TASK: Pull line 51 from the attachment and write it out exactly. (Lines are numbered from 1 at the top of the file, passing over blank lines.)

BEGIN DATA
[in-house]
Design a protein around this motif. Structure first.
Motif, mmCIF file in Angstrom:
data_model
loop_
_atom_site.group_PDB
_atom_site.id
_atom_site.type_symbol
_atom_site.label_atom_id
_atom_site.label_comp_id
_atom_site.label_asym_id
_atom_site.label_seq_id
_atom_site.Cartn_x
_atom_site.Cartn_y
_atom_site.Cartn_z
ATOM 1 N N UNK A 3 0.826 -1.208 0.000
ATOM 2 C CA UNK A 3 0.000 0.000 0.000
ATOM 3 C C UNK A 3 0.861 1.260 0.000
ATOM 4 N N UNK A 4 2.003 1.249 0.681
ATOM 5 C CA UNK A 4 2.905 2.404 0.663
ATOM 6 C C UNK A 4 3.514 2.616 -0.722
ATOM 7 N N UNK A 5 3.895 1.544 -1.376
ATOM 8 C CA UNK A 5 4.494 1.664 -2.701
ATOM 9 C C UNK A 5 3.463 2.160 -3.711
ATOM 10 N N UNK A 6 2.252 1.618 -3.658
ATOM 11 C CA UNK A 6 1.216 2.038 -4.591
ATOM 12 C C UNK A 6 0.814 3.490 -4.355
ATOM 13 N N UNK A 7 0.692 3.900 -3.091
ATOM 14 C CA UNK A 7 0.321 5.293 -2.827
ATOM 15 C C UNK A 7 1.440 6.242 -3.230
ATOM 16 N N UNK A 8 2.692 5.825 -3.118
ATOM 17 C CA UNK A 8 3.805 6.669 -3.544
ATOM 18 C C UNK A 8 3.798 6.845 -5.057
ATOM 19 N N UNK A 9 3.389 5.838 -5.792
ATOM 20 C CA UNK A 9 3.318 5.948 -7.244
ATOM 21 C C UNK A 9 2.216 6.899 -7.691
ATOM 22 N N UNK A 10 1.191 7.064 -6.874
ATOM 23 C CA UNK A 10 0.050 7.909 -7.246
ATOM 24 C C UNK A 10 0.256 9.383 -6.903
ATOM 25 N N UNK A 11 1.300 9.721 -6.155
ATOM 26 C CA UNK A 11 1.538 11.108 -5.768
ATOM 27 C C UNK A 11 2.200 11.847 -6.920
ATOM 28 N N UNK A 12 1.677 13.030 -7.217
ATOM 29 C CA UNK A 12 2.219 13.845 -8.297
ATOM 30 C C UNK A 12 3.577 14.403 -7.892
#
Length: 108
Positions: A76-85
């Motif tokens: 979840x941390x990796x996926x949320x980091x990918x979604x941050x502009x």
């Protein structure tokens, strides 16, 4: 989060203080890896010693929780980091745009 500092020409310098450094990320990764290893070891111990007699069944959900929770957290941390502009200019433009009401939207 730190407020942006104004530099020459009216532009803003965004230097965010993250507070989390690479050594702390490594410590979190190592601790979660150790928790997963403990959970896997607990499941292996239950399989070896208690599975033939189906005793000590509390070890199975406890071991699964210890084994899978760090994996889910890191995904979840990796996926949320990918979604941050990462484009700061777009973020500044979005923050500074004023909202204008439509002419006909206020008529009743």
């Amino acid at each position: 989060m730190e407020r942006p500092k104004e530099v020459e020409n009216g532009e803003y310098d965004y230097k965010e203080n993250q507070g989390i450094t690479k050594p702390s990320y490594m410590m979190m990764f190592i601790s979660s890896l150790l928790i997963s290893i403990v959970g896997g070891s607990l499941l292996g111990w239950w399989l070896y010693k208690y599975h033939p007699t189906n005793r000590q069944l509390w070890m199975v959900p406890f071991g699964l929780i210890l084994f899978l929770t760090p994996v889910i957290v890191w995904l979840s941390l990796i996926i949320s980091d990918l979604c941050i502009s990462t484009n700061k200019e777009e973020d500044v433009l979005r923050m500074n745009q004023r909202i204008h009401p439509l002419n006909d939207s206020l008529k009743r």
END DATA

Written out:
């Amino acid at each position: 989060m730190e407020r942006p500092k104004e530099v020459e020409n009216g532009e803003y310098d965004y230097k965010e203080n993250q507070g989390i450094t690479k050594p702390s990320y490594m410590m979190m990764f190592i601790s979660s890896l150790l928790i997963s290893i403990v959970g896997g070891s607990l499941l292996g111990w239950w399989l070896y010693k208690y599975h033939p007699t189906n005793r000590q069944l509390w070890m199975v959900p406890f071991g699964l929780i210890l084994f899978l929770t760090p994996v889910i957290v890191w995904l979840s941390l990796i996926i949320s980091d990918l979604c941050i502009s990462t484009n700061k200019e777009e973020d500044v433009l979005r923050m500074n745009q004023r909202i204008h009401p439509l002419n006909d939207s206020l008529k009743r």